Hugh works at the Organisation for Economic Cooperation and Development (OECD), as a Policy Analyst, focusing on biodiversity-related financial risks and critical minerals.
Hugh graduated from the University of Exeter with a 1st in Politics, Philosophy, and Economics, writing his dissertation on the risk-return profile of the UK green bond market. He started out at the Bank of England where he worked in the Prudential Policy Department, working on Large Exposures and climate-related financial risks. Following this, he attended the London School of Economics (LSE), to undertake an MSc in Environmental Economics and Climate Change. Whilst at the LSE he worked for the Grantham Research Institute on central banks and climate-related risks.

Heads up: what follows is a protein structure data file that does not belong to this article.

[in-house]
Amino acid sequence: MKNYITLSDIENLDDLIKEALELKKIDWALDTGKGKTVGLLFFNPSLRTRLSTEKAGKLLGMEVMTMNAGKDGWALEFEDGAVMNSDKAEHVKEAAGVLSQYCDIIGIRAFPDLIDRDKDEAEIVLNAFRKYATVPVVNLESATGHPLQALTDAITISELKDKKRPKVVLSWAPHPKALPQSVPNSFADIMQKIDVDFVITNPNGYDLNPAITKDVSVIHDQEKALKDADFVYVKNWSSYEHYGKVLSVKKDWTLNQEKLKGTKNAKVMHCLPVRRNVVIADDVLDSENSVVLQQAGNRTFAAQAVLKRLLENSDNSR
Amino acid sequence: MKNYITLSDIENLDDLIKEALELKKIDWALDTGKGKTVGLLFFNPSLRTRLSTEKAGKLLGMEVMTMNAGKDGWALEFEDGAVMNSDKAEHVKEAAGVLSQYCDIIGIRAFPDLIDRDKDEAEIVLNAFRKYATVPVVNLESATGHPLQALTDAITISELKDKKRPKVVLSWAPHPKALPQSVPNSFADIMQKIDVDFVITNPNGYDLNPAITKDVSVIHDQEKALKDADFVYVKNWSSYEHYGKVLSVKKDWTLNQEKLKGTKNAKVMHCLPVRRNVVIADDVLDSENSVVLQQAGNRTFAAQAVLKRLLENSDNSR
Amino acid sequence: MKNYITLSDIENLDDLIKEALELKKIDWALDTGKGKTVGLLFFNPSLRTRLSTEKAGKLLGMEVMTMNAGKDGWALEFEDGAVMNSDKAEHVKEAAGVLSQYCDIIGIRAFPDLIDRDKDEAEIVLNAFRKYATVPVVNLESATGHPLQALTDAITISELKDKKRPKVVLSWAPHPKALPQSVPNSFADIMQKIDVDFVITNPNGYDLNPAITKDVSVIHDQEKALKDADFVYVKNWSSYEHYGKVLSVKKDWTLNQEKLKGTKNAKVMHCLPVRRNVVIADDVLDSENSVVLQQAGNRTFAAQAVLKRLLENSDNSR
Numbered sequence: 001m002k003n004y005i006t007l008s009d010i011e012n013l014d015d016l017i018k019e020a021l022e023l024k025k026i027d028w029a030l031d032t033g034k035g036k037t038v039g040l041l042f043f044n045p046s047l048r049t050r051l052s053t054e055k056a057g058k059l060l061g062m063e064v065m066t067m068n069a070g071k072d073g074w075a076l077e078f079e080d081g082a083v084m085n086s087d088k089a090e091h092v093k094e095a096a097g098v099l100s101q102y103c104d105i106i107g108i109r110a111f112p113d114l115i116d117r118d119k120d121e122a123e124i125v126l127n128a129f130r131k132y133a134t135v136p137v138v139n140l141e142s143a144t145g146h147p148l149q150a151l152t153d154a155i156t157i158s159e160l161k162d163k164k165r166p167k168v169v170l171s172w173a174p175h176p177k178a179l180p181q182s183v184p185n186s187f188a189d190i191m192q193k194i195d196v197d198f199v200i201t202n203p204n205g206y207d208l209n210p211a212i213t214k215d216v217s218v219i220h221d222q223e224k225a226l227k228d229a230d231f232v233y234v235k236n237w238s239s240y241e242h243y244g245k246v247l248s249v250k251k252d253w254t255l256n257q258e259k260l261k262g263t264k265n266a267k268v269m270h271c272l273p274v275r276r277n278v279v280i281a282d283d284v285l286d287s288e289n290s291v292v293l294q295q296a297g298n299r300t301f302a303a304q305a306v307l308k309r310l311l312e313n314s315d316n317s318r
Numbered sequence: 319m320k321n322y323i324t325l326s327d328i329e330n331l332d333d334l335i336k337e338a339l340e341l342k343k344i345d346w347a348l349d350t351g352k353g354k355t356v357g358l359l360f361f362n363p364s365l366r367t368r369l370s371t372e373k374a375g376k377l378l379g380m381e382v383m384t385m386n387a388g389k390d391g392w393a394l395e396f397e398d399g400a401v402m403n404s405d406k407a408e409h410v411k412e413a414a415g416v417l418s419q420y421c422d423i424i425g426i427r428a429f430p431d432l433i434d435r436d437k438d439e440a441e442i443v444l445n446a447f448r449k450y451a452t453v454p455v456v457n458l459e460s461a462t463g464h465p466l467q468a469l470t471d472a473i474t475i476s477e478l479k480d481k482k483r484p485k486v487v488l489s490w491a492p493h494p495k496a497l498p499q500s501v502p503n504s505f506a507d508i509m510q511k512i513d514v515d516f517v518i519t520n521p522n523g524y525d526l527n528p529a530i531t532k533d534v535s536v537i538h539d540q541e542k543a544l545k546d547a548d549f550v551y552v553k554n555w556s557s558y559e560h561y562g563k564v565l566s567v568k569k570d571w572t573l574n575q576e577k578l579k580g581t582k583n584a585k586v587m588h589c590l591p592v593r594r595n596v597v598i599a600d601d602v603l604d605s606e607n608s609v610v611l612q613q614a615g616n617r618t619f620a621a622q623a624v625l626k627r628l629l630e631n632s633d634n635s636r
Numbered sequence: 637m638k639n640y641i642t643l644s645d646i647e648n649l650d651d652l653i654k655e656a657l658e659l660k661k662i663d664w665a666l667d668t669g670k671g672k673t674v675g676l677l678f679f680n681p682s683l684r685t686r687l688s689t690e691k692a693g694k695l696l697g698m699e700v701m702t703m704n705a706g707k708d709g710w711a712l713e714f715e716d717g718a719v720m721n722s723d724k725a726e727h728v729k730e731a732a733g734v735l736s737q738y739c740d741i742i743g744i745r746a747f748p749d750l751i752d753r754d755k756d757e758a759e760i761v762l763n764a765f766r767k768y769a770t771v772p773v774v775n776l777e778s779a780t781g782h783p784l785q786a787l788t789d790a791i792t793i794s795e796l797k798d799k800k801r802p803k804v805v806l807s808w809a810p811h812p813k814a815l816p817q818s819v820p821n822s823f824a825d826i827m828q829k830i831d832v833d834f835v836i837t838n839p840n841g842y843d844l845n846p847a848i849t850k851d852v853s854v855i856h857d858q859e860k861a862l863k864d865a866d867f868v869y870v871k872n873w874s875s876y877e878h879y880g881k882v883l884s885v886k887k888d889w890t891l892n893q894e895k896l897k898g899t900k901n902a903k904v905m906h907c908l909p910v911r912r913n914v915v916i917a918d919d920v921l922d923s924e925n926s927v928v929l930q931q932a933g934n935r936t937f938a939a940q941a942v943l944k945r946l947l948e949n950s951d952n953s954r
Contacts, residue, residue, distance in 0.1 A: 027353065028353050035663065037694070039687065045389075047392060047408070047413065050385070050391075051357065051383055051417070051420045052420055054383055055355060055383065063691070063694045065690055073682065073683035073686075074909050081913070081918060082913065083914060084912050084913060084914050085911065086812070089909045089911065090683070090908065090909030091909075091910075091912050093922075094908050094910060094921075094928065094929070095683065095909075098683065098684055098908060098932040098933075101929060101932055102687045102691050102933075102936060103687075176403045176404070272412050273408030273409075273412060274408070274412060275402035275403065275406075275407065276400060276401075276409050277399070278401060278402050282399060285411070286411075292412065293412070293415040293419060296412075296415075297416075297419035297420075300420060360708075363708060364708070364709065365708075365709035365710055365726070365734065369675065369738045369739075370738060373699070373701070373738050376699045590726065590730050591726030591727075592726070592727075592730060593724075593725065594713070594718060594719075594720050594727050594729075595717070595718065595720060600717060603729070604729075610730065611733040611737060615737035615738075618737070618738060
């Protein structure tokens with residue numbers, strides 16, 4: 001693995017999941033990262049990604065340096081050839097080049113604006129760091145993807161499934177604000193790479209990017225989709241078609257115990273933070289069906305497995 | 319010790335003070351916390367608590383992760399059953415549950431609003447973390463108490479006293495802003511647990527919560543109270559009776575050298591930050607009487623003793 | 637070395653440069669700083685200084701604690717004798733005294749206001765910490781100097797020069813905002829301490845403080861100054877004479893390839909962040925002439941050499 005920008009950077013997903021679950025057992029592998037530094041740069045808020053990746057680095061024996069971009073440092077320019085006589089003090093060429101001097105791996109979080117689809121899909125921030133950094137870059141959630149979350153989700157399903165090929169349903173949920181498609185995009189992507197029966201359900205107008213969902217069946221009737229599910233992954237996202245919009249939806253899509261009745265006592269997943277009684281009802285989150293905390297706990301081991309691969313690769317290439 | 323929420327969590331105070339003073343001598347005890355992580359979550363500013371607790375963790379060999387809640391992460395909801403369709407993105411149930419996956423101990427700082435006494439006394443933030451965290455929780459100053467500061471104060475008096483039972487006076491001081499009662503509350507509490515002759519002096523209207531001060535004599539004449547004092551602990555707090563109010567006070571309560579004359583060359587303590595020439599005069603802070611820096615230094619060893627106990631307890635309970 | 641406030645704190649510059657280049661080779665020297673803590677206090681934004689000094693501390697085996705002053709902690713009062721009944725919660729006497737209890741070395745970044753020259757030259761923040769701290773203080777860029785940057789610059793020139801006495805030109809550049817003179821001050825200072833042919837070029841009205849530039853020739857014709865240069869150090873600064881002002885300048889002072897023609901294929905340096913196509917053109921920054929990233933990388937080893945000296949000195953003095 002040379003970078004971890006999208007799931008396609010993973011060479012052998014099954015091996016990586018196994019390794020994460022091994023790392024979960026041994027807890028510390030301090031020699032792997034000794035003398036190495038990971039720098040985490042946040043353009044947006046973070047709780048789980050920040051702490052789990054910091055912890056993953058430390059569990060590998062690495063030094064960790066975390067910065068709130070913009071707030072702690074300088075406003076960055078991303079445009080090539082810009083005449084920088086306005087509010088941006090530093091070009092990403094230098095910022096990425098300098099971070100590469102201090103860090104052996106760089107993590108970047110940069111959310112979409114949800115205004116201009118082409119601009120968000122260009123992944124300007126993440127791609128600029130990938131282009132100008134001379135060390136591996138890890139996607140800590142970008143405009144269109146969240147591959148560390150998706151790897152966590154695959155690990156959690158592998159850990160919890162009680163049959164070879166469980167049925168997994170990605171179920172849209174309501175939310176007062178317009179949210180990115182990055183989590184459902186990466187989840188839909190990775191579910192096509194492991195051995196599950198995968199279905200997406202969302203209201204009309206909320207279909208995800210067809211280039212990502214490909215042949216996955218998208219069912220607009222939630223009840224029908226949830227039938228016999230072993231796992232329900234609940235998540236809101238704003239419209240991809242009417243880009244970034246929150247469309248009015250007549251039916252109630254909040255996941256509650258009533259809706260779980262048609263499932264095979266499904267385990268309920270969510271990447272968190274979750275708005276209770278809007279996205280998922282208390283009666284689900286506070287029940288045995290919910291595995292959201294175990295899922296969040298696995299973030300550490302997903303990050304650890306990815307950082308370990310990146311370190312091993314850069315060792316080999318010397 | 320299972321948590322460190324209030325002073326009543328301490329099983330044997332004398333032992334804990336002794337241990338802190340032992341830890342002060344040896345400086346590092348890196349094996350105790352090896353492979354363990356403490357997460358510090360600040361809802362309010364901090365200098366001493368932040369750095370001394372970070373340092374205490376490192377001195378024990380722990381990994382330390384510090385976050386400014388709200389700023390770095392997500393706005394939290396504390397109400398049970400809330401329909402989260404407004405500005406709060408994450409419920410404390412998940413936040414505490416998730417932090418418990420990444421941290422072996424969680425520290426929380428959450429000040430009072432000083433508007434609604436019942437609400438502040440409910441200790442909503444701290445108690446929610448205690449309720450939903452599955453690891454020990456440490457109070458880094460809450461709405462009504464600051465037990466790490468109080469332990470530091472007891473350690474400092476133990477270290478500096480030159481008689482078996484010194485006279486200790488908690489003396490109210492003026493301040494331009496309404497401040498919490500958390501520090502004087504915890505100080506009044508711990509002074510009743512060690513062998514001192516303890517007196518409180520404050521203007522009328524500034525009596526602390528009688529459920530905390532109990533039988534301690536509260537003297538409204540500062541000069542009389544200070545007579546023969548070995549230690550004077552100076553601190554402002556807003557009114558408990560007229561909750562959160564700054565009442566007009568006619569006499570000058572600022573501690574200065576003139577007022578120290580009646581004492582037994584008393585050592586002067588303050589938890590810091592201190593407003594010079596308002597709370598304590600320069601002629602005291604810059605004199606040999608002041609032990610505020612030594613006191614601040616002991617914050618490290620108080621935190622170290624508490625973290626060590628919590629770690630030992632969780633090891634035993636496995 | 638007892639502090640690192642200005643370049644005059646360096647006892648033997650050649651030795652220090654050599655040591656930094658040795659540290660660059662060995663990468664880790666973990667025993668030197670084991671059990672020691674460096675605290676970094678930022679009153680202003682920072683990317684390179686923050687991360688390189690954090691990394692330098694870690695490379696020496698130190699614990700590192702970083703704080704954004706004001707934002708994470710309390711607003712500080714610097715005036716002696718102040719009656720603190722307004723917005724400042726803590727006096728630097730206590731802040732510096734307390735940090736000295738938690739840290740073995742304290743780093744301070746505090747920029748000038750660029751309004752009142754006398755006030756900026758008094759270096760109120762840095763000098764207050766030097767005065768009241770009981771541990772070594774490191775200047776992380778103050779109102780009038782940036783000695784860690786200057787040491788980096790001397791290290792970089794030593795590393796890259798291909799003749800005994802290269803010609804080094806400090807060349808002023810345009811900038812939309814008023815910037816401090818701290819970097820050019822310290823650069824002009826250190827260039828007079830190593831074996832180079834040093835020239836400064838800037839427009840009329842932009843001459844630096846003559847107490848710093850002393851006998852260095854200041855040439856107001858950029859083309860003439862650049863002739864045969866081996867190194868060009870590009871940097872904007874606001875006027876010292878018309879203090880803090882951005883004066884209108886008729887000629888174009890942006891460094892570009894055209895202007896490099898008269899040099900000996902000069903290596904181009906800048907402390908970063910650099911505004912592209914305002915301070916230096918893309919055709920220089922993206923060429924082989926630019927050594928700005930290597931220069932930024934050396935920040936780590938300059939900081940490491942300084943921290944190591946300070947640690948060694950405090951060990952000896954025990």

- Sustainable Finance
- Central Banks
- Critical Minerals
Research - 2023
This paper empirically estimates the material demand requirements for so-called ‘transition-critical materials’ (TCMs) implied under two climate scenarios and finds potentially serious supply ‘bottlenecks’ for three materials – copper, lithium and nickel – which are exacerbated if the transition is delayed. Read more
Policy - 2024
This policy insight seeks to evaluate China’s role in supply chains for renewable energy technologies and how the country can accelerate the energy transition in other countries, particularly those in Southeast Asia. Read more
Policy - 2023
This paper explores how transition plans could offer a technical solution to the challenge of integrating transition risks into the prudential framework. Read more
In order to assess these imbalances, Miller et al (2023) estimate the demand for metals induced by the NGFS climate scenarios and outline the potential implications in terms of macro-financial vulnerabilities. Read more
Policy - 2022
This report establishes a firm basis for central bank supervisory action in mitigating the risks from the transition to net-zero and proposes a policy change to enable the Bank of England to better identify and reduce transition risk. Its analysis is relevant for other central banks around the world, too. Read more